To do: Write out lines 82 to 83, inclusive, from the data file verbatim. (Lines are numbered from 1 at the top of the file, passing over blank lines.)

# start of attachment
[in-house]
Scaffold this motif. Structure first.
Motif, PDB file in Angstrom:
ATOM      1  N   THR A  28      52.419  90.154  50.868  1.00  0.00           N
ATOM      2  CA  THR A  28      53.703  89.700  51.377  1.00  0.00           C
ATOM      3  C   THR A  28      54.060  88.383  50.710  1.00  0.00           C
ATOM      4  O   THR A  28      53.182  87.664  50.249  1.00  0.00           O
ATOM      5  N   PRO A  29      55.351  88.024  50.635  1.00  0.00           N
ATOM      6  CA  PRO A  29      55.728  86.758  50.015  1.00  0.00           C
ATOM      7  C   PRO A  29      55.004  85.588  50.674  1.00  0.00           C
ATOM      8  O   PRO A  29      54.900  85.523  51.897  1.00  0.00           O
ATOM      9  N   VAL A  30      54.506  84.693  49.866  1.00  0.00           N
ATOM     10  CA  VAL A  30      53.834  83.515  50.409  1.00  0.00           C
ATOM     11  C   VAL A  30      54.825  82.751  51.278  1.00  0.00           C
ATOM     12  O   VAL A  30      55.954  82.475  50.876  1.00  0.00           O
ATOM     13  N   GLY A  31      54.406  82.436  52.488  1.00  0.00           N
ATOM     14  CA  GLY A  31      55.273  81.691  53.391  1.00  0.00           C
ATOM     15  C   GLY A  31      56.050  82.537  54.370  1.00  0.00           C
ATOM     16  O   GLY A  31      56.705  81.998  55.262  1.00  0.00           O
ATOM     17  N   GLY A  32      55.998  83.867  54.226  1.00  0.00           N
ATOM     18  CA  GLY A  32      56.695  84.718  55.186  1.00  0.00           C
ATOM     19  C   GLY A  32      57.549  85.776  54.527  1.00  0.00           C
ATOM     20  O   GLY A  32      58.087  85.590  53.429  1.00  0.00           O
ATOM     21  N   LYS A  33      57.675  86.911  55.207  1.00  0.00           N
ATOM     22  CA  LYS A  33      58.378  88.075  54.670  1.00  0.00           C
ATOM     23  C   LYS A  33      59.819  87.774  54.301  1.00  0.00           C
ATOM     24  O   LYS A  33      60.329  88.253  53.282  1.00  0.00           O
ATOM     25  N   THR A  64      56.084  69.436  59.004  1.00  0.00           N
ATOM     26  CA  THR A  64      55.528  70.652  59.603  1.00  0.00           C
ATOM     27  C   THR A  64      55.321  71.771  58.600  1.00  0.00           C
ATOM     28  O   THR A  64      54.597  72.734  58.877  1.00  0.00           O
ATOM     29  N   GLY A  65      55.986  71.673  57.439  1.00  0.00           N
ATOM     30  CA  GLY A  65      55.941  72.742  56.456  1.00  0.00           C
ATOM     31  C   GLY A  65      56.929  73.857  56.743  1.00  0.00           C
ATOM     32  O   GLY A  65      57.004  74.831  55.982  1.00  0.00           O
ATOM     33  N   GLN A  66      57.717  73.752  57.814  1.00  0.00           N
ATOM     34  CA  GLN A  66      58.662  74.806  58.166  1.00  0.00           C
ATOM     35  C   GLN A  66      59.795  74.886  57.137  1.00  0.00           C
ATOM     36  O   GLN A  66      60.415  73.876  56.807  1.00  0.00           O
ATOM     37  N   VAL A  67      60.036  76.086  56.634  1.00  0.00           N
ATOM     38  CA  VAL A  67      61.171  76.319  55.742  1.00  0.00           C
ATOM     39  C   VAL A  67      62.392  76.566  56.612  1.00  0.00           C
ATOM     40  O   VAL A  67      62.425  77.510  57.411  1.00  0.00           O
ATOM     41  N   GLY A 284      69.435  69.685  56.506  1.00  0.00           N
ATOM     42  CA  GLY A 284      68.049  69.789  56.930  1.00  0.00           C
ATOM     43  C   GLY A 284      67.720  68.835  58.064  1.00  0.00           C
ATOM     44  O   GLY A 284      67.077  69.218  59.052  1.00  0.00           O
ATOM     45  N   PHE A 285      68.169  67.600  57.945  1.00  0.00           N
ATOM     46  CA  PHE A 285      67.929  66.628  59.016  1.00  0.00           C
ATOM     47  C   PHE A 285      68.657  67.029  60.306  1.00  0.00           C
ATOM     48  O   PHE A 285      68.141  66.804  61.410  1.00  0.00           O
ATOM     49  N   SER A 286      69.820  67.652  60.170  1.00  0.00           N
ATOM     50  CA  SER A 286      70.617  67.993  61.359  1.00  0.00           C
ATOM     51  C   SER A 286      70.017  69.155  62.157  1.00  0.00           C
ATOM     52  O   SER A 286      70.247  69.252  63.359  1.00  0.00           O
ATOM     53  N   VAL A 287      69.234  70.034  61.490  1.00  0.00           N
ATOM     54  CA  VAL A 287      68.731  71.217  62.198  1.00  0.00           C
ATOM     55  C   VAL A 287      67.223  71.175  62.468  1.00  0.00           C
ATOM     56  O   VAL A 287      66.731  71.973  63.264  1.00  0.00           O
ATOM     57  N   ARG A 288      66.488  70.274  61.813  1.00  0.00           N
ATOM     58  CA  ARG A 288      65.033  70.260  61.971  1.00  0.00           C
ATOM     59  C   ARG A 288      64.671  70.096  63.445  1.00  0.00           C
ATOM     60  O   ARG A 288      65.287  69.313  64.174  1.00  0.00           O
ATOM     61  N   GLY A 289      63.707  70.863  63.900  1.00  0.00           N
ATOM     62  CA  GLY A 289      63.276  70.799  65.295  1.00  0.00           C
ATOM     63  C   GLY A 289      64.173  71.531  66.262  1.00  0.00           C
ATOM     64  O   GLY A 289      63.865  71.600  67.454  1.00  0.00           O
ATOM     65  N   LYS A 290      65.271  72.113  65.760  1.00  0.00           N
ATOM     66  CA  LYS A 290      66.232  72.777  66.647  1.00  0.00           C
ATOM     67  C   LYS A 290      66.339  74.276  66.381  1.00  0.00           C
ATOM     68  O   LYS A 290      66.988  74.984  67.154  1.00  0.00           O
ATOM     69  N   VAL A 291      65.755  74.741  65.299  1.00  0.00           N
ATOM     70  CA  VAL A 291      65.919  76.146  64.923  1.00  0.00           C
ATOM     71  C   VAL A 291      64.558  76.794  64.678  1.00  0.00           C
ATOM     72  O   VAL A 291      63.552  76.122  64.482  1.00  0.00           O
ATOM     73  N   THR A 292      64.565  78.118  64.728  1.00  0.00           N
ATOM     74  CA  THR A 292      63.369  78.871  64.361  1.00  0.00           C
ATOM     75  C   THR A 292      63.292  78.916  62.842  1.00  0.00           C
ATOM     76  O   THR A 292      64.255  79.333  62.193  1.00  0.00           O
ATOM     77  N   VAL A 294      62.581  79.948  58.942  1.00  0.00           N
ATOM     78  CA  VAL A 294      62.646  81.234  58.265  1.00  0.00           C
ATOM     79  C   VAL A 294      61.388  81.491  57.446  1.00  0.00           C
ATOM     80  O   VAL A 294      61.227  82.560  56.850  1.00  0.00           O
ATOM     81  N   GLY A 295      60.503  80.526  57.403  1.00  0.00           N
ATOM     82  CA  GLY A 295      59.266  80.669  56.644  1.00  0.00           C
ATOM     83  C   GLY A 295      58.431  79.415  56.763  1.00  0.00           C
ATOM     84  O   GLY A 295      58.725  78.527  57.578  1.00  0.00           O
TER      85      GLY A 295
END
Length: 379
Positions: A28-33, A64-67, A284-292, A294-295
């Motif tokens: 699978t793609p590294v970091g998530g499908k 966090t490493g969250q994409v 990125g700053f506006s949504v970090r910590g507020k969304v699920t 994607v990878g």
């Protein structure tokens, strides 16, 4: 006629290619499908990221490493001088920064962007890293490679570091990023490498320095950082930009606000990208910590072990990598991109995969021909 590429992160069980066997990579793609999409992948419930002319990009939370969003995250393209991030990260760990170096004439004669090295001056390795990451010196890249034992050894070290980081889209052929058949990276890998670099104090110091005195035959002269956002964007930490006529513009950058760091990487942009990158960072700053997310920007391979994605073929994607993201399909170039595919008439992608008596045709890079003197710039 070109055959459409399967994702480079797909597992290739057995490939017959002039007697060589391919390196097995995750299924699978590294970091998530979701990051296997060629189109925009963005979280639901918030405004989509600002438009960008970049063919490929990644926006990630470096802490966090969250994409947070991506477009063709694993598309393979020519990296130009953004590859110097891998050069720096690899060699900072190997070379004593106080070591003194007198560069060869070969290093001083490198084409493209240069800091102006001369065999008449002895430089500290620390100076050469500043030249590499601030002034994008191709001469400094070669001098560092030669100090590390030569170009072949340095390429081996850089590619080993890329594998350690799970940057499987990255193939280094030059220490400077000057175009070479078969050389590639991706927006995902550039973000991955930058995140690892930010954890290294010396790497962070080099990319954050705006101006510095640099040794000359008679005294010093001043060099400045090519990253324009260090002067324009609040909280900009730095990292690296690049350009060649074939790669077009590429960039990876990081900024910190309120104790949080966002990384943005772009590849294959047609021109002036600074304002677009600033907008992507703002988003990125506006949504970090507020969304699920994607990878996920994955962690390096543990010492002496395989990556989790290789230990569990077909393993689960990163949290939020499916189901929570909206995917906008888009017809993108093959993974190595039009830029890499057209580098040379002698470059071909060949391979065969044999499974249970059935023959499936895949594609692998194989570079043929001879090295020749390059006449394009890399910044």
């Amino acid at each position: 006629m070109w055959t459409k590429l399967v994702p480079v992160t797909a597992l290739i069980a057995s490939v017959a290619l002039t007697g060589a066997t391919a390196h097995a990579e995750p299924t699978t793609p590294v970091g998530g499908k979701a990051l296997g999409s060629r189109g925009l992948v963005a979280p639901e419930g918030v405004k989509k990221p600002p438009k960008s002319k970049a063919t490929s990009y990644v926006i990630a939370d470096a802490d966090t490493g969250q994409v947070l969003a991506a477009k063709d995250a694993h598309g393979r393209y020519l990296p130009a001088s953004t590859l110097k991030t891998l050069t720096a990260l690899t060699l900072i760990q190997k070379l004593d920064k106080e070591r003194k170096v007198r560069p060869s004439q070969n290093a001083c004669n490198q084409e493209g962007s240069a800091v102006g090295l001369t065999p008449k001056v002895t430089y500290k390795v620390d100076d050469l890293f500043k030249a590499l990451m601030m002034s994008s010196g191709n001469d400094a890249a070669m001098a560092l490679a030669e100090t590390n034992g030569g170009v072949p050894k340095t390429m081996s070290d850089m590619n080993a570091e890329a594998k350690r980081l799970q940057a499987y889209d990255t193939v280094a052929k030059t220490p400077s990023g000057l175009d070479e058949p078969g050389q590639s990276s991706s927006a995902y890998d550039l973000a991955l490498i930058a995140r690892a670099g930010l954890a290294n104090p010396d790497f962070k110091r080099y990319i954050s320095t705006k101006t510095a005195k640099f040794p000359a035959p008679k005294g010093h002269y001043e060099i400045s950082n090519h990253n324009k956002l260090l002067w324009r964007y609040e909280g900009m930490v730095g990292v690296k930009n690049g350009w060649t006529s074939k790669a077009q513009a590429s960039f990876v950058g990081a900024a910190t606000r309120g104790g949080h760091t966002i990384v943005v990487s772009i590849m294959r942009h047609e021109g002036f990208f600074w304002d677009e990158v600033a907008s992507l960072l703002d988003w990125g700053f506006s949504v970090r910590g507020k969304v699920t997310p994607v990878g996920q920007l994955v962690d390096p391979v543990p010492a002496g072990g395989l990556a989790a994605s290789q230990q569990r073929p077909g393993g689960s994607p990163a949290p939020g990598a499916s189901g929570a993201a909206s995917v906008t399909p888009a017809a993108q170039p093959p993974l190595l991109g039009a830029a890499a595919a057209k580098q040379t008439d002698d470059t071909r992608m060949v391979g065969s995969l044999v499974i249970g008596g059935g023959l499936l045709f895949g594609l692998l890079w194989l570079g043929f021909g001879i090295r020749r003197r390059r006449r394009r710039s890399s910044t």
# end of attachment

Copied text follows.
ATOM     79  C   VAL A 294      61.388  81.491  57.446  1.00  0.00           C
ATOM     80  O   VAL A 294      61.227  82.560  56.850  1.00  0.00           O